HIV infection significantly decreases survival among women with invasive cervical cancer, according to a study conducted in Botswana. This was the case even though most women with HIV received antiretroviral therapy.
In this interview we discuss a joint statement from MD Anderson and 68 other NCI-designated cancer centers that calls for increased HPV vaccination for the prevention of cancer.
A concurrent chemotherapy and radiotherapy regimen with cisplatin and paclitaxel yielded a good response rate and strong long-term survival outcomes in patients with locally advanced or recurrent cervical cancer.
A live attenuated bioengineered bacteria-vectored vaccine immunotherapy is well tolerated and appears to be associated with promising overall survival among women with persistent/recurrent metastatic cervical cancer.
Testing for HPV infections in urine could be an extremely accurate way to exclude the possibility of such infections and screen for cervical cancer.
ASCO has released a clinical practice guideline on invasive cervical cancer. For the first time, ASCO created the guideline based on resource availability, tailoring recommendations to support basic- or limited-resource settings.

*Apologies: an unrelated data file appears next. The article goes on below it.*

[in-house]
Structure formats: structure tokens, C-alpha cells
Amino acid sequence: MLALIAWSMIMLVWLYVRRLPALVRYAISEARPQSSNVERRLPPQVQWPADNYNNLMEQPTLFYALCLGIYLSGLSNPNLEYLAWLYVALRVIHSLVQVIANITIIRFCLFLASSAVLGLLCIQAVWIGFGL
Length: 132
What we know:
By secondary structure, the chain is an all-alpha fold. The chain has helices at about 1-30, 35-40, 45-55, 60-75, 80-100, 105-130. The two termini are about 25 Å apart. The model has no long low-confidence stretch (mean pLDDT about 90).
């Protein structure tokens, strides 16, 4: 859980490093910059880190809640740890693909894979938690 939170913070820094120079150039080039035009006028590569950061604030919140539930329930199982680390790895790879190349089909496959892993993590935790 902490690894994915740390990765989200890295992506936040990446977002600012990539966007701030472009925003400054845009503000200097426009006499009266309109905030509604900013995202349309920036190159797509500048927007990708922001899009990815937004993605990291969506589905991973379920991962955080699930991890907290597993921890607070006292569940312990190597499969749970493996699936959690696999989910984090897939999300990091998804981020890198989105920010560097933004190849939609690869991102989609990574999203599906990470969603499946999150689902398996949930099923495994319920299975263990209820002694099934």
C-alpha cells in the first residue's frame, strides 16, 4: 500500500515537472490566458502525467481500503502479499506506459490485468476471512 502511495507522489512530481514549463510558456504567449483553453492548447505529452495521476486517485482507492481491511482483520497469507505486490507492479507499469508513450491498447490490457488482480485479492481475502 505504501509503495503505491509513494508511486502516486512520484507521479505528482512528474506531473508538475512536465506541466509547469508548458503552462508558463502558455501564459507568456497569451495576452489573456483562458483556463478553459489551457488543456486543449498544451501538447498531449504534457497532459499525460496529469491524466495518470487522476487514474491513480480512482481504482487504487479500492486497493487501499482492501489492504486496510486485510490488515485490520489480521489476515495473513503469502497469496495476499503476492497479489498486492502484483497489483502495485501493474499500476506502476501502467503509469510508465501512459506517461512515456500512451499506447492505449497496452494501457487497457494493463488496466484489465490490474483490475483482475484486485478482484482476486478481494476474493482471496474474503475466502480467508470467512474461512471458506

Women who do not engage in regular physical activity have an increased risk of developing cervical cancer, according to a new study
The American Society of Clinical Oncology released a statement calling for the rapid expansion of use of the human papillomavirus (HPV) vaccine to help protect thousands of people from HPV-associated cancers.
In this review, we will summarize clinical trials that have used various immunotherapeutic strategies, with a particular focus on recently emerging data for new agents and combinations.
Adolescent girls who live in predominantly Hispanic and high poverty communities are more likely to have had at least one HPV vaccine dose compared to girls in low poverty communities and those with different ethnic make up.